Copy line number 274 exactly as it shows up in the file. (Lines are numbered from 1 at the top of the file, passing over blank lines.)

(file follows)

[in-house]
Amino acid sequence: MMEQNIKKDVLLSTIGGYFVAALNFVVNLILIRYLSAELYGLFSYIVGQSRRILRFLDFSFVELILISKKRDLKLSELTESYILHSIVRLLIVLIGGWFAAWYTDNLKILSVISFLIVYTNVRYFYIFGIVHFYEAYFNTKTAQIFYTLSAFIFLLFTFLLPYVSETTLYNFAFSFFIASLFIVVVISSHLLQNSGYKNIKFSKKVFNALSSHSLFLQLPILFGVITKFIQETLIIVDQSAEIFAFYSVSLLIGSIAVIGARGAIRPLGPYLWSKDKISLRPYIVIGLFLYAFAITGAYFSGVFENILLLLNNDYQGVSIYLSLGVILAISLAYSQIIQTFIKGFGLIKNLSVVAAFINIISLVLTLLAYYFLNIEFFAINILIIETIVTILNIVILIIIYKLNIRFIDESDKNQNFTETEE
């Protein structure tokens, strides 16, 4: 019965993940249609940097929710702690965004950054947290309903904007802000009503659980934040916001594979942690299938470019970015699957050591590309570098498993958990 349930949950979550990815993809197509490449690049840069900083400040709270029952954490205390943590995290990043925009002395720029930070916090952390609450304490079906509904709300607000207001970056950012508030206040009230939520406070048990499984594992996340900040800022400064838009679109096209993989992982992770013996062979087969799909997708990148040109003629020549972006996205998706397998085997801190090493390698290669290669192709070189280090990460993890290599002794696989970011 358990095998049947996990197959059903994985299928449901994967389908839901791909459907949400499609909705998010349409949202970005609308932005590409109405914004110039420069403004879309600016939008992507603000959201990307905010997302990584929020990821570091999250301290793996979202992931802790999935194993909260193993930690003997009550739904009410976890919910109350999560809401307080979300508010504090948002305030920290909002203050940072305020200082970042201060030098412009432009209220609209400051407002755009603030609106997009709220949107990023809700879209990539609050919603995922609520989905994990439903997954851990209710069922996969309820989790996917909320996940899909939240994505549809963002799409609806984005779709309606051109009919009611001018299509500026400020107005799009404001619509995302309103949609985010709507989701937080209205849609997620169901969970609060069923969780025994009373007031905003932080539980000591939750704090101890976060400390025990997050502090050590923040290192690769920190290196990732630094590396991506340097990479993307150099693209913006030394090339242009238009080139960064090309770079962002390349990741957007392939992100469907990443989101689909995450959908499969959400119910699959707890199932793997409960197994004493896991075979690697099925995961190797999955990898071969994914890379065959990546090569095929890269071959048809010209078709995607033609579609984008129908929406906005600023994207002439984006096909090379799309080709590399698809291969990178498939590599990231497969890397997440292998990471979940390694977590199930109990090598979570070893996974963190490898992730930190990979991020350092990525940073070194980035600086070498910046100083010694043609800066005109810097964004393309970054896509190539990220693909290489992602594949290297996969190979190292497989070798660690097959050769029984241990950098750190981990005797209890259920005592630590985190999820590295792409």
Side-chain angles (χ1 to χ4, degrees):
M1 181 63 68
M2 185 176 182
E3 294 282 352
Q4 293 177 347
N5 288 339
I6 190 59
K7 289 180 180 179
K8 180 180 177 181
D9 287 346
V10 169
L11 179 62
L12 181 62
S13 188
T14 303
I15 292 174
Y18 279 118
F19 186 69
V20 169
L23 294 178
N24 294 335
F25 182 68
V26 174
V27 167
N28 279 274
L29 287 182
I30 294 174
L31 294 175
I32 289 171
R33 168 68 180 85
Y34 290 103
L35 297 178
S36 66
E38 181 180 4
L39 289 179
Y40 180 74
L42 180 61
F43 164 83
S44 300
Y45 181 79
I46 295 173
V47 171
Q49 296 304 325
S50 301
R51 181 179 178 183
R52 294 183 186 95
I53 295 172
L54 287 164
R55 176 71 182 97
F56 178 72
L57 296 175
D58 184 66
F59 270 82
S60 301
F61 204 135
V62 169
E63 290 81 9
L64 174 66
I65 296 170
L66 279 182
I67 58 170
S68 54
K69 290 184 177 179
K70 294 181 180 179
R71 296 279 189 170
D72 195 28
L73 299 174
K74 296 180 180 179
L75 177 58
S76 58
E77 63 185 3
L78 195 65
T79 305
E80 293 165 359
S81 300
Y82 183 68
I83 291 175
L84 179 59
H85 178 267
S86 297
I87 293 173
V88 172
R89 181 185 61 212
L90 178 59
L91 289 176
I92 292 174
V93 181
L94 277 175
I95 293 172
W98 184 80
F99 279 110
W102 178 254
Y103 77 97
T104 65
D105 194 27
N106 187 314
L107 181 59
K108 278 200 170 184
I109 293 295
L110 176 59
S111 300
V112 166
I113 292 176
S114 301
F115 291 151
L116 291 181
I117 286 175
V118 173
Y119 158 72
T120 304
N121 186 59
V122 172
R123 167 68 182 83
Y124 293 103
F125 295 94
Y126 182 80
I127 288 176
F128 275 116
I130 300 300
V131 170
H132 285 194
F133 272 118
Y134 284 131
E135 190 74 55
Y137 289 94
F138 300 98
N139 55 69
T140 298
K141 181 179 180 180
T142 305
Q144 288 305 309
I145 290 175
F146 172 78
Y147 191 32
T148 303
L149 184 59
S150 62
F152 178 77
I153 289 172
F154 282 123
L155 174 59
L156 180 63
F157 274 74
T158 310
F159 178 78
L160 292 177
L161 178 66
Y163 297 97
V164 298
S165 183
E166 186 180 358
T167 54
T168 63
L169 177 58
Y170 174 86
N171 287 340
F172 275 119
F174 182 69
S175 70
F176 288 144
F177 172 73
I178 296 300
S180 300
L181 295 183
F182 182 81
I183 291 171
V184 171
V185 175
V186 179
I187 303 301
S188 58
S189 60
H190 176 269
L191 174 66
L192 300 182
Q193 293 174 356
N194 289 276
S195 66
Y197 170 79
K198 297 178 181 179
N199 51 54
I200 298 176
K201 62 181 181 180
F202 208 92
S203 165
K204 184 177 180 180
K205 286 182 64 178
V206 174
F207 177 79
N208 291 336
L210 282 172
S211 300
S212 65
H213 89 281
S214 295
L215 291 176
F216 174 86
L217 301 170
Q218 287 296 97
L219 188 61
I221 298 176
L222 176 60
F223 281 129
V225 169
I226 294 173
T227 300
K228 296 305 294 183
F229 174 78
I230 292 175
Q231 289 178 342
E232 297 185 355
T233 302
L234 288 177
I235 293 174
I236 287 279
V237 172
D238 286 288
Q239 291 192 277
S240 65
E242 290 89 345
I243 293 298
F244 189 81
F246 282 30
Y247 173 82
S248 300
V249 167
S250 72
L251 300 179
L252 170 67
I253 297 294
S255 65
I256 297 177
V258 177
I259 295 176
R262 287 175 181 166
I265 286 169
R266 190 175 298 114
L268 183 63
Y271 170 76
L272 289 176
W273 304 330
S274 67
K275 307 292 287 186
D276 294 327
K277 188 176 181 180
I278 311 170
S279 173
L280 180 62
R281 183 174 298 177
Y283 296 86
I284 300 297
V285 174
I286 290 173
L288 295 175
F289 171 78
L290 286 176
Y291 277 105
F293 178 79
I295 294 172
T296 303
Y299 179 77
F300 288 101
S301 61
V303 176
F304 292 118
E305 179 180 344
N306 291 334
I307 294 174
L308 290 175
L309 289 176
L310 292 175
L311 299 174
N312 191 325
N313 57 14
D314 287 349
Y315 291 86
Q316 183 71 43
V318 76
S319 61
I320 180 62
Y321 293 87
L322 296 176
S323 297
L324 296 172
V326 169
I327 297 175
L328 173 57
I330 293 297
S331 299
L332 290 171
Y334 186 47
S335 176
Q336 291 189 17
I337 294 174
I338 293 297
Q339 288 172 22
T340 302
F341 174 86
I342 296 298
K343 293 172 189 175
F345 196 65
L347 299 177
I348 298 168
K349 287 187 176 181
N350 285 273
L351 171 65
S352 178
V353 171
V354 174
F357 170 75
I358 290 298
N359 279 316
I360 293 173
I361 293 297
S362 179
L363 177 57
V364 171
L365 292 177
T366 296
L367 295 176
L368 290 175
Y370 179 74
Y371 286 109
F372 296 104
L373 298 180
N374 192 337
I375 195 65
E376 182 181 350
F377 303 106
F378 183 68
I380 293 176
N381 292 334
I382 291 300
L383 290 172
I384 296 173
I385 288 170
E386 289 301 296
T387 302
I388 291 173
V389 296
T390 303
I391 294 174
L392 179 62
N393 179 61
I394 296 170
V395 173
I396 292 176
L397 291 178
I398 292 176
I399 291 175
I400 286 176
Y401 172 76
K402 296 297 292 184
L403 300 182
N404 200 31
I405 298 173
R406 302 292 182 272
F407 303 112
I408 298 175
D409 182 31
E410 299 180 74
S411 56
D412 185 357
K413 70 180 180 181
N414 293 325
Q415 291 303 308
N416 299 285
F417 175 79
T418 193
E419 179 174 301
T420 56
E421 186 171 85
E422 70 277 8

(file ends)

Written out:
L310 292 175